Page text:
Summertime is synonymous with an icy treat on a wooden stick — also known as a popsicle. And for a streamlined popsicle experience, I figured I would try the seemingly uber-trendy Popbar I would always pass on the way to work.
This was my first Popbar visit, and it probably will be my last, because it is just too damn expensive for the small portion size and the lackluster quality of the pops.
Lookwise, Popbar is a treat for the eyes, at least. Like a candy store, Popbar’s merch is neatly and appetizingly laid out in colorful rows, not unlike an edible rainbow. It makes you want to try all of them (though that was probably their original intention!).
Set in a clean, small and modern space, Popbar is very much a grab-n-go desitnation for those craving a respite from the heat. Pops can be packed in a tray of 6 for group purchases, or simply slipped inside a plastic sleeve for easy temporary storage.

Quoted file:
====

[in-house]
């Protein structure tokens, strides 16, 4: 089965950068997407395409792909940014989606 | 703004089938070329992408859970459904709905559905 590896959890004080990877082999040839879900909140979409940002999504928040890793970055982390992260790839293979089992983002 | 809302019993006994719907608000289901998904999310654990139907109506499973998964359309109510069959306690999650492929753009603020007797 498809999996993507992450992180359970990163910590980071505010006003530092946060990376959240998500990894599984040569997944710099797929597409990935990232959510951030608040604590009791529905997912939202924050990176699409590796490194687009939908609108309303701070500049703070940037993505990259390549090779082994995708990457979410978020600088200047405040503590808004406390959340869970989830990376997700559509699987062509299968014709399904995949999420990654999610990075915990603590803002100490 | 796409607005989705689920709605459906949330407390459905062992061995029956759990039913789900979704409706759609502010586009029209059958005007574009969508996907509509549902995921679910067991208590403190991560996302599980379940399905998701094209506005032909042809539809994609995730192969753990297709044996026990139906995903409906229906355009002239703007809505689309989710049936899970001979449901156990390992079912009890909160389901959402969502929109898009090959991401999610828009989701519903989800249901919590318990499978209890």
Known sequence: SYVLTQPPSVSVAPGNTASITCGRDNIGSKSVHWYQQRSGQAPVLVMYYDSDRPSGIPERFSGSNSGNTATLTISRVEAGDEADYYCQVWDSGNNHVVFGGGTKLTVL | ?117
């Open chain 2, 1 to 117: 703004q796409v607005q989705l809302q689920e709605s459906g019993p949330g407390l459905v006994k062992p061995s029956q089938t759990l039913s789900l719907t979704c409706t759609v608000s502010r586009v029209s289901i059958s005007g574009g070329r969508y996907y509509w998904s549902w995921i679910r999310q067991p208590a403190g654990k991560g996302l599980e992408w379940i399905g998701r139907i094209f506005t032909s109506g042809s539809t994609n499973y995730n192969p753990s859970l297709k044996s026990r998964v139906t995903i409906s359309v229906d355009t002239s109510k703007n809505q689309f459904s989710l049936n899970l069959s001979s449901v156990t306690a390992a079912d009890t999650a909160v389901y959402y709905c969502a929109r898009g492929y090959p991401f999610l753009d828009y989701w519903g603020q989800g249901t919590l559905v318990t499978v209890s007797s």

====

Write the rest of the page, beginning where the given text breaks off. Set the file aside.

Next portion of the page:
Your pop can also be “customized” with “poppings (personally, I think that branded term is lame),” which I elected to eschew this time around.
Mango popSorbetto –
This pop was sweet with a bit of tartness, which I enjoyed. The pop was a bit too watery for my taste, though, and it crumbled and melted quite quickly in the summer heat. Honestly, I expected a thicker, denser/juicier texture considering I paid $4.50 per pop.
Although the pop is long, it is fairly skinny on the edge, so you shouldn’t expect a long-lasting experience by any stretch of the imagination.
Lemon popSorbetto –
If you’re a fan of things that just taste like frozen juice, you’ll probably like this pop. I didn’t. It was too watery for me and it tasted cheap, plus kind of bitter-lemon-ish in an unpleasant way.
Honestly, it wasn’t any better than a pop I could make at home — and my homemade pop would’ve been 100x yummier, cheaper and more satisfying than theirs.
Overall, I would say this shop lives mostly on the hype and the novelty, not on the actual quality of their pops. They look better than they actually taste.